Wait, you saved me so I guess I believe you…
There you go, lying again!
Oh no, NOT THIS… wait, you’re lying again?
Shit I guess everything was a lie between us…
You say it’s not??

All of this happening at least once every two chapters.”

Funny thing is, I was thinking about writing a really long and detailed review but as I sit here now… I just can’t really remember a lot of the story, and I finished it yesterday! That’s how forgettable the book was.

Let’s see, I’ll make this quick:

-There’s insta-lust passed off as undying love. The guy was an ass, and she knew she was lying and manipulating her, yet for some reason they fell in love… don’t ask me how that works for I don’t know.

-As far as diversity goes, the main character has “olive skin” which made me think she was on top of a pizza. The love interest had chocolate/caramel eyes, brown hair and brown muscles. There was one girl named Aiko and another one with dark skin both with a few lines, but that was about it. Only straights tho.

-There was a lot of GRAPHIC abuse by a father towards his daughters. The abuse is what sets the story going (the daughters want to escape him) and then it comes back again to add drama, but it is very graphic and never dealt with. The man slaps Tella, punches Scarlet in the stomach, grabs her by the hair, almost has her raped so she will behave (she escapes), and is constantly threatening them. We see this as it goes but then the story somehow forgets about it.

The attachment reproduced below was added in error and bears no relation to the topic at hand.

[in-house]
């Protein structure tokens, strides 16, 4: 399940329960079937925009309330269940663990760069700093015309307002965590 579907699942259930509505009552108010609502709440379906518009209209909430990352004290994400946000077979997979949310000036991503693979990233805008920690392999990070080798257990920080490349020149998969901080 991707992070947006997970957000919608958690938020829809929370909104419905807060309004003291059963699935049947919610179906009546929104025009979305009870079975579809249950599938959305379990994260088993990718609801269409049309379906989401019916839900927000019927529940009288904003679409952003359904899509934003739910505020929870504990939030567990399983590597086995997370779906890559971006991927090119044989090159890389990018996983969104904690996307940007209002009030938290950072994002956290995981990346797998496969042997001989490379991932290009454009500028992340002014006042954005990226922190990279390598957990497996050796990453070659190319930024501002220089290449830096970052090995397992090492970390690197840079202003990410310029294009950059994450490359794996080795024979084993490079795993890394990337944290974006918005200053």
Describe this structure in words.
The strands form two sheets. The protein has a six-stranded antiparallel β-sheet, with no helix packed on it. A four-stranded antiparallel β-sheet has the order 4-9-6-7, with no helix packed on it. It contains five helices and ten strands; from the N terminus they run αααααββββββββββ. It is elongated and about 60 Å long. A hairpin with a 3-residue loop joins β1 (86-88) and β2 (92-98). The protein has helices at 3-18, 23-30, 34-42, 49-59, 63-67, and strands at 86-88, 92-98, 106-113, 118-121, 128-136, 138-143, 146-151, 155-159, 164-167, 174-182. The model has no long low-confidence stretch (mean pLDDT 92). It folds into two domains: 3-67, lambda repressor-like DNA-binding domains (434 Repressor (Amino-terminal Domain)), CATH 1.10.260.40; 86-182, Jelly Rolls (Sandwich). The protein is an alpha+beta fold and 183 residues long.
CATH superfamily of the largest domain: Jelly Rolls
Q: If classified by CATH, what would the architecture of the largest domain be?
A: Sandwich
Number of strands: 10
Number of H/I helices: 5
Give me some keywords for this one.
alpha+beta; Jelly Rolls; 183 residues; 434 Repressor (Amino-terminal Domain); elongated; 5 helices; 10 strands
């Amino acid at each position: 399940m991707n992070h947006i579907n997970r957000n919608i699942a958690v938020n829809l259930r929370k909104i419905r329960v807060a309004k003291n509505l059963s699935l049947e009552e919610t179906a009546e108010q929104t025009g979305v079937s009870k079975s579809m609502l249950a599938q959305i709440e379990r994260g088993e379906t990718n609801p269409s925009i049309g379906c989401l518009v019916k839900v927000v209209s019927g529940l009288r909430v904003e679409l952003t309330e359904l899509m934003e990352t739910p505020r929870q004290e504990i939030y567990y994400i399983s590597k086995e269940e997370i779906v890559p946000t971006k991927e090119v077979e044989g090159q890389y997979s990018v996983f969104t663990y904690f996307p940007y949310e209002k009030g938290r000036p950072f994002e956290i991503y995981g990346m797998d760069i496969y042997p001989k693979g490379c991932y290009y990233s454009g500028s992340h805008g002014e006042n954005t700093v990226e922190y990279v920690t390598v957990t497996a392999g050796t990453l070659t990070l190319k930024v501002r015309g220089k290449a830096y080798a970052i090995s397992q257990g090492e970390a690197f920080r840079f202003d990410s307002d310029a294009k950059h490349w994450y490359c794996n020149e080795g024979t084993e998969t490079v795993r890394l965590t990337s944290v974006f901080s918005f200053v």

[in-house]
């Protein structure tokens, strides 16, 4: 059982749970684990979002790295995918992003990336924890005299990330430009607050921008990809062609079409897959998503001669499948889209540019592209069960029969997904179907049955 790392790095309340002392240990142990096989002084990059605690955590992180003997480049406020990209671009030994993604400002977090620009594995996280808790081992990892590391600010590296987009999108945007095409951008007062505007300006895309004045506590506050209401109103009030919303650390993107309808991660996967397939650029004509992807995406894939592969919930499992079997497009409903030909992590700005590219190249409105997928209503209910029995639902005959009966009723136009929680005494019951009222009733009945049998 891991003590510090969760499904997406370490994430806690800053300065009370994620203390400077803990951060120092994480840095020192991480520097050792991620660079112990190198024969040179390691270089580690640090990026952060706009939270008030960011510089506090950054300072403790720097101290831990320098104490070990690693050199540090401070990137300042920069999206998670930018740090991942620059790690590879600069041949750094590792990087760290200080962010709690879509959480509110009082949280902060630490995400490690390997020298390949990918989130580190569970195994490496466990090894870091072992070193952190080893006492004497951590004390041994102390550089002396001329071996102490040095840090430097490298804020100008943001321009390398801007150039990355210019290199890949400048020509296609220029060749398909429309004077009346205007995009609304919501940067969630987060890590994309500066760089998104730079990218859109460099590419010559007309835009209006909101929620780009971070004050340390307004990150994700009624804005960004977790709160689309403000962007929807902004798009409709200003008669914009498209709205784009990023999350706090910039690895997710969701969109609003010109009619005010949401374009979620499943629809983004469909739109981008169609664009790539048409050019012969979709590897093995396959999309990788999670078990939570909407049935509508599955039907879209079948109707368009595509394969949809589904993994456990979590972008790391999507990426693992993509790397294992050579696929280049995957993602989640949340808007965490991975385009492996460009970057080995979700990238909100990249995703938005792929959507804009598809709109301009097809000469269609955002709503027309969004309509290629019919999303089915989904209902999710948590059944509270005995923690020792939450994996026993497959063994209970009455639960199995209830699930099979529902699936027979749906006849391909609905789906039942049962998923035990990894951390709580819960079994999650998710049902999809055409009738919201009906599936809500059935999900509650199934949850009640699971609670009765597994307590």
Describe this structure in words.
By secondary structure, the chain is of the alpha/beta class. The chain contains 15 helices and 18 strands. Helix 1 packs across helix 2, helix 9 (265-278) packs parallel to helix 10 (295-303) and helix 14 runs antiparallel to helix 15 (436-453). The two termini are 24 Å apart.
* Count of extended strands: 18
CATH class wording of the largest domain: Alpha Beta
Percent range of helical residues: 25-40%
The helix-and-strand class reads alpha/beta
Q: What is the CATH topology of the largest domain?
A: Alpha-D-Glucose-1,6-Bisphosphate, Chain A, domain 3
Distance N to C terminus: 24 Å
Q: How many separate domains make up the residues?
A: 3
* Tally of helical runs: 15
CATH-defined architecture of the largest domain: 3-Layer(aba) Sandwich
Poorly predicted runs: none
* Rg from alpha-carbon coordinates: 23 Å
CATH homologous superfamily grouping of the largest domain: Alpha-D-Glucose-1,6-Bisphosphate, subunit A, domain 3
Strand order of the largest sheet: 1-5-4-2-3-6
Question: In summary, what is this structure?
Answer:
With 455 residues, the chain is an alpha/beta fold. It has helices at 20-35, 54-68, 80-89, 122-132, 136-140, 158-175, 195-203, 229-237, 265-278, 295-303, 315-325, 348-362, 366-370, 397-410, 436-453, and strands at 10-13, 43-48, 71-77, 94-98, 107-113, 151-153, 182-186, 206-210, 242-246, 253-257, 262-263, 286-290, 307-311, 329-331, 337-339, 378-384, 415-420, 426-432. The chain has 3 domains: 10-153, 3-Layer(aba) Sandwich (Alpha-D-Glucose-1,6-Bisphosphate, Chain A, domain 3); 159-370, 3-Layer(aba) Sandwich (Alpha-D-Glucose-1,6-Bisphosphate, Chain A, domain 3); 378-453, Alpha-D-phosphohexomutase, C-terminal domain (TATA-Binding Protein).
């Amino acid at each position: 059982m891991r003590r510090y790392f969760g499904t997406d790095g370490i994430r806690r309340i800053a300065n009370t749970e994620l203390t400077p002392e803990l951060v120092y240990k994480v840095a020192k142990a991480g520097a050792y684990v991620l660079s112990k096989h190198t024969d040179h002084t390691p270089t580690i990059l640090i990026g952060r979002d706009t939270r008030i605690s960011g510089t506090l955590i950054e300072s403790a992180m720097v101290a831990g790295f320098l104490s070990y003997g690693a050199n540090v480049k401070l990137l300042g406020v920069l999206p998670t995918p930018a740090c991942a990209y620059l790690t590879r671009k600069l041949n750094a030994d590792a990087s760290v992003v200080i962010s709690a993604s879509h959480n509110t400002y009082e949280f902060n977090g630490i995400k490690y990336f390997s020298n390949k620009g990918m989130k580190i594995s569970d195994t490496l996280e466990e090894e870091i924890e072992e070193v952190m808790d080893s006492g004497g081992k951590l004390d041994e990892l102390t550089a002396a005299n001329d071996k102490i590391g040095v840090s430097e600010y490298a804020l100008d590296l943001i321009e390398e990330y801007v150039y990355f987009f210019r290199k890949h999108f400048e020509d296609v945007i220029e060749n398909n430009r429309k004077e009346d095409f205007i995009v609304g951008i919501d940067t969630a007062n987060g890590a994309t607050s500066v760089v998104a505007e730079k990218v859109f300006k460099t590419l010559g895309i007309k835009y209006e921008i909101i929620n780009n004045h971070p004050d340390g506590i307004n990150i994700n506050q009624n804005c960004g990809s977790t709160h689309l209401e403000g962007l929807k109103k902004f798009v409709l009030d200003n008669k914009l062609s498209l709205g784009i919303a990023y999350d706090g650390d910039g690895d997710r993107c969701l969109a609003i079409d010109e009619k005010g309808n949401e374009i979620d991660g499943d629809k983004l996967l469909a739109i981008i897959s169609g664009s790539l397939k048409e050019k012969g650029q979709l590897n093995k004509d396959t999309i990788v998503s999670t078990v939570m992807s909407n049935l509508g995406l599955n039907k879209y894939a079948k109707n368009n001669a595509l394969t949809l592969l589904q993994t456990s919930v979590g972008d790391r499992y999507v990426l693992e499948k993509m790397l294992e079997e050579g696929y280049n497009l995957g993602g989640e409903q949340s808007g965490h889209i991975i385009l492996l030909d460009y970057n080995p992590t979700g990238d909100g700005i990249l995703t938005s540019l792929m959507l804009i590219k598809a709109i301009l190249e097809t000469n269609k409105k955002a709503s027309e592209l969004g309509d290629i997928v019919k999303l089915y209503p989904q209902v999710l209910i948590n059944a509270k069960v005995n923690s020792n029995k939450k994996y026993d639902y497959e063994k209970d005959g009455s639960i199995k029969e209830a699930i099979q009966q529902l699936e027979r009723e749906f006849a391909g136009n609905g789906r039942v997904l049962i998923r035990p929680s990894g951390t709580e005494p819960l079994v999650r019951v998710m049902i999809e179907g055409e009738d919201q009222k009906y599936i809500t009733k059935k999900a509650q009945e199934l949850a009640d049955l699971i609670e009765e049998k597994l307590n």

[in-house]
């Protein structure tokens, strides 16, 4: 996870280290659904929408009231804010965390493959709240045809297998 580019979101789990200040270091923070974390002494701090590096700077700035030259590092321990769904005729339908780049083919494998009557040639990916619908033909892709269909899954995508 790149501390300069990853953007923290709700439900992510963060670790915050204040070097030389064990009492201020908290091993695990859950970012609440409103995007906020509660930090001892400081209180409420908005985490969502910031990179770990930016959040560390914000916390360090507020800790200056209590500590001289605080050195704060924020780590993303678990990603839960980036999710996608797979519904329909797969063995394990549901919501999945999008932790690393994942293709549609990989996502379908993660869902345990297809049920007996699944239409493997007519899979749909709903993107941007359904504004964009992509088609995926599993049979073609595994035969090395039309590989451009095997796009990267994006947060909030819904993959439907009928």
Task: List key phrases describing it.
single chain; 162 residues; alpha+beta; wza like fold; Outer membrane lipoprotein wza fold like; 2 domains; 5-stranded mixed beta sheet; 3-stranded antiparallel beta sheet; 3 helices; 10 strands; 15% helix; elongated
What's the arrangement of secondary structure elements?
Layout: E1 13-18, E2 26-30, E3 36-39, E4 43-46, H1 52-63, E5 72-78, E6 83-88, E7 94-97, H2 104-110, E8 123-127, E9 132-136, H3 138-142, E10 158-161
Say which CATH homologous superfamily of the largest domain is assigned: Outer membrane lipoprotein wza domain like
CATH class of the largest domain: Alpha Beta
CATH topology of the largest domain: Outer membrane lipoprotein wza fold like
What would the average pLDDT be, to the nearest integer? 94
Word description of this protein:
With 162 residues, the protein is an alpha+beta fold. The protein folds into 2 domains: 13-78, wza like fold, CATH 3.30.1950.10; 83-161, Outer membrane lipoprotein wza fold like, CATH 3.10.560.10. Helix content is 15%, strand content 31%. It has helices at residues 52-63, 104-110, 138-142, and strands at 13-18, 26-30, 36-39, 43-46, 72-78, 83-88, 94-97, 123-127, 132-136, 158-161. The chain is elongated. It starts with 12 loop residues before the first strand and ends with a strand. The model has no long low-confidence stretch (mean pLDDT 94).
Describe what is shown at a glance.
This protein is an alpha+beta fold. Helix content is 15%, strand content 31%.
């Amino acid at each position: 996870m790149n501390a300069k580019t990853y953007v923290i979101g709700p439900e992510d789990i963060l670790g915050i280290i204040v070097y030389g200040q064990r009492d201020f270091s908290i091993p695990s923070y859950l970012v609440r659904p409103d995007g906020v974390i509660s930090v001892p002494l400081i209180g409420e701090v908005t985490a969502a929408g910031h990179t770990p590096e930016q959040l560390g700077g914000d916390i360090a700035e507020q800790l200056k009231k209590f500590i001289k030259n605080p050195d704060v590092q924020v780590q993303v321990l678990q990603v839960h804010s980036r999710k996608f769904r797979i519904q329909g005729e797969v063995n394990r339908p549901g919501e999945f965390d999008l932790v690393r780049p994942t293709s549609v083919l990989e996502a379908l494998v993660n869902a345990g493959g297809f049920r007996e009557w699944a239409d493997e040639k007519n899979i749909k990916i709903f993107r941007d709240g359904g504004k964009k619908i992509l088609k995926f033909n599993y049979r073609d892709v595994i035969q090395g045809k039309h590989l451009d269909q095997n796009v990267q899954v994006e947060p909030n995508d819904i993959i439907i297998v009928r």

-Most girls were seen as competition. Whatever women we meet, most of them lie to her, deceive her or are downright rude and Scarlett is always imagining they are "looking at her wrong" when she can't even see them. Bonus point if they are talking with her love interests!

-The main character was dumb. Look, at the beginning I understood she was going to make some mistakes. She came from a horrible background and was thrust into this game against her will, only so she could save her sister. I understood she wasn’t going to play the game well at first, so her first slips were understandable. But when you make the same mistake ten times, and other mistakes twenty more times… it gets frustrating. Especially when her stupidity was used to create conflict, and made the “twists” really predictable.

In the end, the hype, as always, didn’t deliver. Still I know a lot of people were looking forward to this one, so don’t let my review discourage you! Try it, you may like it!